Serum enzyme pattern in acute liver disease: Relation to type of cell death

Serum enzyme pattern in acute liver disease: Relation to type of cell death To examine the hypothesis that different histological forms of liver cell death result in a characteristic serum enzyme pattern, the serum concentration of alanine aminotransferase (ALT), aspartate aminotransferase (AST) and lactic dehydrogenase (LD) enzymes were measured in three aetiologically distinct groups of patients with acute hepatocellular injury. Thirty patients had serologically confirmed acute viral hepatitis B, twenty had histologically proven ischaemic hepatitis and five had paracetamol hepatotoxicity. Serum AST and ALT levels were similar in the patients with viral and ischaemic hepatitis, but the serum LD was significantly higher (P < 0.001) in the ischaemic hepatitis group. The pattern of enzyme elevation in the patients with paracetamol hepatotoxicity was similar to that found in ischaemic hepatitis. AST/LD and ALT/LD ratios, which were greater than 2 and 3 respectively, usually distinguished the patients with viral hepatitis from those with ischaemic hepatitis or paracetamol hepatotoxicity. Because of differences in the clearance of these enzymes from the serum it is likely that the AST/LD ratio will prove of greater discriminatory value and that this will be most evident early in the patient's clinical course and become progressively less with time. http://www.deepdyve.com/assets/images/DeepDyve-Logo-lg.png Journal of Gastroenterology and Hepatology Wiley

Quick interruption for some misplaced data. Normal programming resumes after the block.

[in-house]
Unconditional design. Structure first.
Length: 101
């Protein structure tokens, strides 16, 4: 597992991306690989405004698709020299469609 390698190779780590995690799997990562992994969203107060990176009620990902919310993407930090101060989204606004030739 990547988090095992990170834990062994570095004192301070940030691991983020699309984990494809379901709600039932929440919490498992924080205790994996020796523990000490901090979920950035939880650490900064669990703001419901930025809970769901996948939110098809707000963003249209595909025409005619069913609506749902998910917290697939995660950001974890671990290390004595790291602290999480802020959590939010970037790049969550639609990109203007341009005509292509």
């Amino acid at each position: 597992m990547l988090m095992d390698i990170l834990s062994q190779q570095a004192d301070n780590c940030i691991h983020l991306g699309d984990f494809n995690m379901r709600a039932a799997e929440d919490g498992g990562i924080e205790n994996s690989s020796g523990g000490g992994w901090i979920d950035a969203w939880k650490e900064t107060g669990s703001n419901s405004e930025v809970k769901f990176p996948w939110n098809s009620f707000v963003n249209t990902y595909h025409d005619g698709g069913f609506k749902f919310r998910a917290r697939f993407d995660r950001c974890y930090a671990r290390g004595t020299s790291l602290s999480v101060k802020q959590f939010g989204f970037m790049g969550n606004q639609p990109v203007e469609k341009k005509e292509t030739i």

Serum enzyme pattern in acute liver disease: Relation to type of cell death

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Abstract

To examine the hypothesis that different histological forms of liver cell death result in a characteristic serum enzyme pattern, the serum concentration of alanine aminotransferase (ALT), aspartate aminotransferase (AST) and lactic dehydrogenase (LD) enzymes were measured in three aetiologically distinct groups of patients with acute hepatocellular injury. Thirty patients had serologically confirmed acute viral hepatitis B, twenty had histologically proven ischaemic hepatitis and five had paracetamol hepatotoxicity. Serum AST and ALT levels were similar in the patients with viral and ischaemic hepatitis, but the serum LD was significantly higher (P < 0.001) in the ischaemic hepatitis group. The pattern of enzyme elevation in the patients with paracetamol hepatotoxicity was similar to that found in ischaemic hepatitis. AST/LD and ALT/LD ratios, which were greater than 2 and 3 respectively, usually distinguished the patients with viral hepatitis from those with ischaemic hepatitis or paracetamol hepatotoxicity. Because of differences in the clearance of these enzymes from the serum it is likely that the AST/LD ratio will prove of greater discriminatory value and that this will be most evident early in the patient's clinical course and become progressively less with time.

Journal

Journal of Gastroenterology and HepatologyWiley

Published: Oct 1, 1987

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